Some houses stand out due to their grandeur, or due to architectural style, but one ruin along Litchfield Turnpike stood so tall in spite of its boarded-up windows that it became somewhat of a landmark at the corner of Bradley Road. Last month, when cold February winds were whipping across the Woodbridge flats, the teeth of an excavator started ripping into the home and eventually demolished it.
Across the street, Anna Dickerson and a few family members watched as the house that had been built by her grandfather, Pasquale Perrotti, in 1923 was taken down. Perrotti was one of a family of thriving farmers in The Flats, as this area still is sometimes called. He and his wife Anna raised 12 children in the house. According to the assessor’s map, it had four bedrooms and 2 bathrooms.
Only one of those children is still alive, Anna Dickerson’s 102-year-old mother. Even so, Anna and her cousins remember visiting her grandparents’ house, with aunts and uncles having coffee in the kitchen, or during hot summer days, in the basement kitchen. The demolition brought up memories of all generations playing Bingo together (they used buttons for marking numbers) or just playing in the yard. “It was so sad to see that wonderful old house go, but it was in terrible condition,” Dickerson wrote in an email.
The family had sold the property to Woodbridge Village Associates LLC in 2004, who planned to combine the eight acres of this property with adjacent plots for a development of some 140 units of active adult housing. But the project hasn’t gotten off the ground, and the house stood empty for many years.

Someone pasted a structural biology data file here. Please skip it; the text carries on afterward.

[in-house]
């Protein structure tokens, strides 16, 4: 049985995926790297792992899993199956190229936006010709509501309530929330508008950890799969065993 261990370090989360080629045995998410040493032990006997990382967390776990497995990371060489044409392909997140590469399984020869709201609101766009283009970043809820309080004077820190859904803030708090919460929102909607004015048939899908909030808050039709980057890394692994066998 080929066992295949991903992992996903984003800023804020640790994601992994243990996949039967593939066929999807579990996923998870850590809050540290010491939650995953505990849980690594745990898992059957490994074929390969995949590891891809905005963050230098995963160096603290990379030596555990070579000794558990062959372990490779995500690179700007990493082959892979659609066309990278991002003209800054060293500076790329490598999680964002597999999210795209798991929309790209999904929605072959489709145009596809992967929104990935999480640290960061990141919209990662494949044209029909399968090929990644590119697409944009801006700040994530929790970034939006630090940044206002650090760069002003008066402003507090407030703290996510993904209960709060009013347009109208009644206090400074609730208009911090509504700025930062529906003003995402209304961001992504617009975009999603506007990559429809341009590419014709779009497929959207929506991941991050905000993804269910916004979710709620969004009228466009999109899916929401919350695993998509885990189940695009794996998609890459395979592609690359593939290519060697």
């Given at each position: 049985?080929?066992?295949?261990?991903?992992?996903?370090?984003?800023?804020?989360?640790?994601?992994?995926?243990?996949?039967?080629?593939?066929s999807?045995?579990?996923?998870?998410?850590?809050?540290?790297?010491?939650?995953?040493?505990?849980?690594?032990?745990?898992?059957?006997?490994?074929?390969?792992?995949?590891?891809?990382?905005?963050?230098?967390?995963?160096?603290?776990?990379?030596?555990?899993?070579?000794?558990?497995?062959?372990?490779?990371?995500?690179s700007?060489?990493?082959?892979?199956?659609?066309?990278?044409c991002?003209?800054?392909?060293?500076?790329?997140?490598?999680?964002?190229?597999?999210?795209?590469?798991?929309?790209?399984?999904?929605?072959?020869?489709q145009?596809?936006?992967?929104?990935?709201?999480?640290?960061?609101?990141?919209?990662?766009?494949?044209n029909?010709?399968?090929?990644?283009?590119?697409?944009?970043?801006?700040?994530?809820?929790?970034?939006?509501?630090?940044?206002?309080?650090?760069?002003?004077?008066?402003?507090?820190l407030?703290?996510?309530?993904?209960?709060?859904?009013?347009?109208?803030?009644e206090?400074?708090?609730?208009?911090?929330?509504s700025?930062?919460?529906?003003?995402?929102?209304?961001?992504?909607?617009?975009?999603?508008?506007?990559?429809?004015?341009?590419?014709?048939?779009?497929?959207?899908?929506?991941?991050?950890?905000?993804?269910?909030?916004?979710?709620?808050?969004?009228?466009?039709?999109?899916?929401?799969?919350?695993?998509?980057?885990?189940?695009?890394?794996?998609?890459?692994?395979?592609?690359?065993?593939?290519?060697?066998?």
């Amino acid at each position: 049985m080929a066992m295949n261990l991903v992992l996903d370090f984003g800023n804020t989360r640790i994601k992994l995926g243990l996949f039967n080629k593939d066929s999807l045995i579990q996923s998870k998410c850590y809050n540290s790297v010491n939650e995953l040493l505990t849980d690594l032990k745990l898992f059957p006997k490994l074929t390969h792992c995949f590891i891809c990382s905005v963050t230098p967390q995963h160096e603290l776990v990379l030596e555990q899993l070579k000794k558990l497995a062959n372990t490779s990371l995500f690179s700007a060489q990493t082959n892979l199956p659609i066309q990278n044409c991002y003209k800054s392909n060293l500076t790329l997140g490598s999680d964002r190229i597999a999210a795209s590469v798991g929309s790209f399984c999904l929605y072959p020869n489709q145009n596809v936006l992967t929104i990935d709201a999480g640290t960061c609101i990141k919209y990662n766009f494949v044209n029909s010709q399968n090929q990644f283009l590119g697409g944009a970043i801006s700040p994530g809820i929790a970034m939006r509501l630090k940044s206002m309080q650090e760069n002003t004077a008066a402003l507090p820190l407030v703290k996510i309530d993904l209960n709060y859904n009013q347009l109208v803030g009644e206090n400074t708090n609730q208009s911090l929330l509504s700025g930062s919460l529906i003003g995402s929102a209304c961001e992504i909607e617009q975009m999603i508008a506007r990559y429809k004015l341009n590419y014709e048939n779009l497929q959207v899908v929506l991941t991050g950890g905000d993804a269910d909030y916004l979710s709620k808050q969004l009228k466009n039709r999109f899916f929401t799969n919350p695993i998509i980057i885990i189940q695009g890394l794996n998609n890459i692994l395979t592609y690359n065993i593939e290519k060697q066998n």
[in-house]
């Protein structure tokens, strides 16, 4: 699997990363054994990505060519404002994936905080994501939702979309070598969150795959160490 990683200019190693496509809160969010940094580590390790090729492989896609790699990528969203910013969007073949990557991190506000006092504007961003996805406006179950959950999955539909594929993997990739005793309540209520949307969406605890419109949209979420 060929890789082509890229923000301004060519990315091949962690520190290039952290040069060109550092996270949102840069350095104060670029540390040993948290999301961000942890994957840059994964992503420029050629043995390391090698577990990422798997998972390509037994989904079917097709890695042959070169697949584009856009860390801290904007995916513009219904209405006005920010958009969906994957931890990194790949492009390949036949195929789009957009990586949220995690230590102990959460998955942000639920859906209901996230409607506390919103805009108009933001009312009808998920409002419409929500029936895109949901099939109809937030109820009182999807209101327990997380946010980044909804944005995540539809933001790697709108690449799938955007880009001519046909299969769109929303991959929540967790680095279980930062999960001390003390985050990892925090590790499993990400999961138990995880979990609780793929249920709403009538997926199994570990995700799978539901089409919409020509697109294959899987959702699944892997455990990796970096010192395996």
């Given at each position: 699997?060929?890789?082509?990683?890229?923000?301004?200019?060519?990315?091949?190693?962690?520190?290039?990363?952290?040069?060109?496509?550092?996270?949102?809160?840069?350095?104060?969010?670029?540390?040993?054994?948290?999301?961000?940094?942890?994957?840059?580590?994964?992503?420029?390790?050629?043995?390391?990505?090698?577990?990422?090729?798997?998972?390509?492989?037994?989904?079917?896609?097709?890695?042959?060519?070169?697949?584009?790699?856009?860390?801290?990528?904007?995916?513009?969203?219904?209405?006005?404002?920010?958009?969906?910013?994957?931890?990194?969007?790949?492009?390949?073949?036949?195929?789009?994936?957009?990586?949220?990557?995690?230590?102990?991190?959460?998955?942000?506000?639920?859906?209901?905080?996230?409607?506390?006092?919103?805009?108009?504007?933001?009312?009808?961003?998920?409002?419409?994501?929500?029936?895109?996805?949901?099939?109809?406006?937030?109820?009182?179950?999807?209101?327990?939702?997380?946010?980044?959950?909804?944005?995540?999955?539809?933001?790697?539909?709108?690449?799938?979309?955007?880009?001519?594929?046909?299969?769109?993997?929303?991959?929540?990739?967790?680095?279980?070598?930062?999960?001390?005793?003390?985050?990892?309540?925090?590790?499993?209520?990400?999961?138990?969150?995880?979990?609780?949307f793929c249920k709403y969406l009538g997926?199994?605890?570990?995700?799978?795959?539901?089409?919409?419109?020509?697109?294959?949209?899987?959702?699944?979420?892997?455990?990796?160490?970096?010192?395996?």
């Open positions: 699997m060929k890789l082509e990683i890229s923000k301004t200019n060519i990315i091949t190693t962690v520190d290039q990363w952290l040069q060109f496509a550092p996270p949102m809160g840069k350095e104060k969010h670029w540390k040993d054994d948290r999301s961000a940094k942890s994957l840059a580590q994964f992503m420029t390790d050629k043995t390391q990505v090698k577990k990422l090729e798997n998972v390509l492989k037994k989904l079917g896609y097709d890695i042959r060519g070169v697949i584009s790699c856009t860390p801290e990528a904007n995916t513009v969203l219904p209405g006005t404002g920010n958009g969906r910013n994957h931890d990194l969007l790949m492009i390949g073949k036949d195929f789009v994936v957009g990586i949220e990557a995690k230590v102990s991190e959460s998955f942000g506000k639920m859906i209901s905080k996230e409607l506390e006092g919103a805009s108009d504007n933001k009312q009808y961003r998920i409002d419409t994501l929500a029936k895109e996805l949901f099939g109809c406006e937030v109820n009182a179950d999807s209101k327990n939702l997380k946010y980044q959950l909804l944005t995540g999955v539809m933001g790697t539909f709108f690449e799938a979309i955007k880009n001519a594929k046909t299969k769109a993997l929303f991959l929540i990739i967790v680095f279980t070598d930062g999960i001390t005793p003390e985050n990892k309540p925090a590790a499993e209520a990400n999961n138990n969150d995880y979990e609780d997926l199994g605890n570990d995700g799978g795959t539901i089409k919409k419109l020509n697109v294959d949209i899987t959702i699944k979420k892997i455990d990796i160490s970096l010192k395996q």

It attracted vagrants, said Land Use Analyst Kristine Sullivan. One of them lived in a tent on the third floor without any heat or electricity. The town received complaints about it, “people wanted it down”. She said there were other buildings on the property that the town has condemned over the years. As with most older buildings, there was asbestos that needed to be removed. The cost for demolition is the responsibility of the property owner.
Even if the Woodbridge Village development is dormant, the property owner, represented by Attorney John Knuff, recently requested an extension of the site plan approval. The town’s Plan and Zoning Commission was scheduled to take up the issue at its March 6 meeting. For Anna Dickerson, the active adult project would be a real boon for the town. “This was a perfect project as the property is near shopping and a bus line and has city water and sewers already in place,” she said.
Photo 1: Twelve Perrotti children grew up in this house at 1710 Litchfield Turnpike. For some of the grand-children, the recent demolition brought up fond memories of family life in the big house.
Photo 2: The Perrotti Family posing for a picture on the front porch at 1710 Litchfield Tpk.